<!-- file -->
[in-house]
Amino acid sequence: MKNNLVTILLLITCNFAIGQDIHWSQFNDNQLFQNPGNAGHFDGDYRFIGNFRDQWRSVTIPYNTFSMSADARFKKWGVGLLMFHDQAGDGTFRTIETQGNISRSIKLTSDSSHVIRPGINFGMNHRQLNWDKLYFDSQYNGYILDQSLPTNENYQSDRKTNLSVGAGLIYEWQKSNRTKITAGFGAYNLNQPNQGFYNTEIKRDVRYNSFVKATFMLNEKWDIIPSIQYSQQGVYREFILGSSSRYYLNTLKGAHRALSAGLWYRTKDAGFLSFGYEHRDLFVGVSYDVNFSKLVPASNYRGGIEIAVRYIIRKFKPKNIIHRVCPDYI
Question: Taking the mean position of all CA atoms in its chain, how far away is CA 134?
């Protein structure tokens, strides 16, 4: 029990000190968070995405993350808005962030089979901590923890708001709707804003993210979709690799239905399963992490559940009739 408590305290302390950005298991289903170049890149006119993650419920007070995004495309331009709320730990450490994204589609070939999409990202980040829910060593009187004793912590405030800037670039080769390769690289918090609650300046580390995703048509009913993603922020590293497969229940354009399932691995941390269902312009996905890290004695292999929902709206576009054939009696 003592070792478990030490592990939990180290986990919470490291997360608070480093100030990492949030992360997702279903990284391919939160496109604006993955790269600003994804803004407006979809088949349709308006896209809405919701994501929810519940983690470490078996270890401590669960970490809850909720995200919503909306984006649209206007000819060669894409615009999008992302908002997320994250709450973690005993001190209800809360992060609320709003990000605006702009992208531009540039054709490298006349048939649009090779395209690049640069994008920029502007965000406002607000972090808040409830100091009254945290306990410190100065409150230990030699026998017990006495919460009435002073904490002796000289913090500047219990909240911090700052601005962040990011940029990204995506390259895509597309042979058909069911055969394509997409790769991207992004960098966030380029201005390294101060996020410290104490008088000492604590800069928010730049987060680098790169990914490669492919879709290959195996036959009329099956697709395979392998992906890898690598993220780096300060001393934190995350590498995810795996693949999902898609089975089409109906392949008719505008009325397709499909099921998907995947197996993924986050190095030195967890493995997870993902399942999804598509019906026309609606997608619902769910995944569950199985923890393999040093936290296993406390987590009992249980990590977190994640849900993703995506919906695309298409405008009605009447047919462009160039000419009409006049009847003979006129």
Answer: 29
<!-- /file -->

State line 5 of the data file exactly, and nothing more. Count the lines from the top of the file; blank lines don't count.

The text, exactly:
Answer: 29